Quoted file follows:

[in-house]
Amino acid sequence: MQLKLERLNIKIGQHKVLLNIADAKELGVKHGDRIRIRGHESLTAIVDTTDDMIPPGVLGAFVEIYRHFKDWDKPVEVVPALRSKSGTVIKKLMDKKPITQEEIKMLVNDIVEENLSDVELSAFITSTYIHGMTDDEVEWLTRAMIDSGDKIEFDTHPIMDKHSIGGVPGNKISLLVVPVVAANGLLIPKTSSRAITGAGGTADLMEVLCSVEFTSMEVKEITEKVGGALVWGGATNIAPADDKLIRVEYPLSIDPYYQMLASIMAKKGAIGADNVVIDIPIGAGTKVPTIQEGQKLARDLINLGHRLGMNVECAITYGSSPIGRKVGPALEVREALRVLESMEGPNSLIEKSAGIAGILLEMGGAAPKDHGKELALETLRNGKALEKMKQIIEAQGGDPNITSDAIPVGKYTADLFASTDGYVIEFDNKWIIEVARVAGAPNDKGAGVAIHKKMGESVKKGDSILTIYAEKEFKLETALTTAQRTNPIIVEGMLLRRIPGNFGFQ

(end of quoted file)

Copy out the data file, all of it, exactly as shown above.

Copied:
[in-house]
Amino acid sequence: MQLKLERLNIKIGQHKVLLNIADAKELGVKHGDRIRIRGHESLTAIVDTTDDMIPPGVLGAFVEIYRHFKDWDKPVEVVPALRSKSGTVIKKLMDKKPITQEEIKMLVNDIVEENLSDVELSAFITSTYIHGMTDDEVEWLTRAMIDSGDKIEFDTHPIMDKHSIGGVPGNKISLLVVPVVAANGLLIPKTSSRAITGAGGTADLMEVLCSVEFTSMEVKEITEKVGGALVWGGATNIAPADDKLIRVEYPLSIDPYYQMLASIMAKKGAIGADNVVIDIPIGAGTKVPTIQEGQKLARDLINLGHRLGMNVECAITYGSSPIGRKVGPALEVREALRVLESMEGPNSLIEKSAGIAGILLEMGGAAPKDHGKELALETLRNGKALEKMKQIIEAQGGDPNITSDAIPVGKYTADLFASTDGYVIEFDNKWIIEVARVAGAPNDKGAGVAIHKKMGESVKKGDSILTIYAEKEFKLETALTTAQRTNPIIVEGMLLRRIPGNFGFQ